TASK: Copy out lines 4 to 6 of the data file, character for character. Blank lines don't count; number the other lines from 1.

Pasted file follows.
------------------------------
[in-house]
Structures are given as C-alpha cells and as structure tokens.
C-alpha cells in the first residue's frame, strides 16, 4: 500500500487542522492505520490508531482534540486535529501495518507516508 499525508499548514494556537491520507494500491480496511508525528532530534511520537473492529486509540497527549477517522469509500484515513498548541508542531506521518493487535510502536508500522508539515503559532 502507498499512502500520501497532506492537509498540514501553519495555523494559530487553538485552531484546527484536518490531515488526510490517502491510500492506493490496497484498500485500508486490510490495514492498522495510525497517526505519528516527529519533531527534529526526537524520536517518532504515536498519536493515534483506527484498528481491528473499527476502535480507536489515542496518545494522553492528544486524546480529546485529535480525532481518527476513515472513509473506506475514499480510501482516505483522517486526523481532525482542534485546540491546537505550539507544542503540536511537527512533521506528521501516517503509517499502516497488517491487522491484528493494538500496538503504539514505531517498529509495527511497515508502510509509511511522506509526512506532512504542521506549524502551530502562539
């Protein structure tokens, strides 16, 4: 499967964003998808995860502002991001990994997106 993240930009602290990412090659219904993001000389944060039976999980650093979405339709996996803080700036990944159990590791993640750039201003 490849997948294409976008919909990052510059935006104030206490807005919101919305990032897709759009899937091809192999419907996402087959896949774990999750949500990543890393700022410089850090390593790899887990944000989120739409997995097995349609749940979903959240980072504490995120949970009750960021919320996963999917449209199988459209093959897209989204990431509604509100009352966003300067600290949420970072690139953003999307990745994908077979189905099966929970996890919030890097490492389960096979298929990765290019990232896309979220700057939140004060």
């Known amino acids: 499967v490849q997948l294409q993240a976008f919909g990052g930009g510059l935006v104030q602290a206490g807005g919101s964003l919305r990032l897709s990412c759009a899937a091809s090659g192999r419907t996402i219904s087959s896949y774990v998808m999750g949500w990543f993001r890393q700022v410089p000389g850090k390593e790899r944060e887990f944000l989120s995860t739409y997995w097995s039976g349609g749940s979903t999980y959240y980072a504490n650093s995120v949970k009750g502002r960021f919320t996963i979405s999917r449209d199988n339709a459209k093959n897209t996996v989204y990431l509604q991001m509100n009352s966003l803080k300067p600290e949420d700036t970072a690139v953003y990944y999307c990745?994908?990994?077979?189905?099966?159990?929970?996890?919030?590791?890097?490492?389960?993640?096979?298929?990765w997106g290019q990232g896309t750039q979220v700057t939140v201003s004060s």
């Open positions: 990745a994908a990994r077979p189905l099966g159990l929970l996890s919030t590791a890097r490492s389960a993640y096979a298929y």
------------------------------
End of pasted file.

């Protein structure tokens, strides 16, 4: 499967964003998808995860502002991001990994997106 993240930009602290990412090659219904993001000389944060039976999980650093979405339709996996803080700036990944159990590791993640750039201003 490849997948294409976008919909990052510059935006104030206490807005919101919305990032897709759009899937091809192999419907996402087959896949774990999750949500990543890393700022410089850090390593790899887990944000989120739409997995097995349609749940979903959240980072504490995120949970009750960021919320996963999917449209199988459209093959897209989204990431509604509100009352966003300067600290949420970072690139953003999307990745994908077979189905099966929970996890919030890097490492389960096979298929990765290019990232896309979220700057939140004060």
């Known amino acids: 499967v490849q997948l294409q993240a976008f919909g990052g930009g510059l935006v104030q602290a206490g807005g919101s964003l919305r990032l897709s990412c759009a899937a091809s090659g192999r419907t996402i219904s087959s896949y774990v998808m999750g949500w990543f993001r890393q700022v410089p000389g850090k390593e790899r944060e887990f944000l989120s995860t739409y997995w097995s039976g349609g749940s979903t999980y959240y980072a504490n650093s995120v949970k009750g502002r960021f919320t996963i979405s999917r449209d199988n339709a459209k093959n897209t996996v989204y990431l509604q991001m509100n009352s966003l803080k300067p600290e949420d700036t970072a690139v953003y990944y999307c990745?994908?990994?077979?189905?099966?159990?929970?996890?919030?590791?890097?490492?389960?993640?096979?298929?990765w997106g290019q990232g896309t750039q979220v700057t939140v201003s004060s």
């Open positions: 990745a994908a990994r077979p189905l099966g159990l929970l996890s919030t590791a890097r490492s389960a993640y096979a298929y």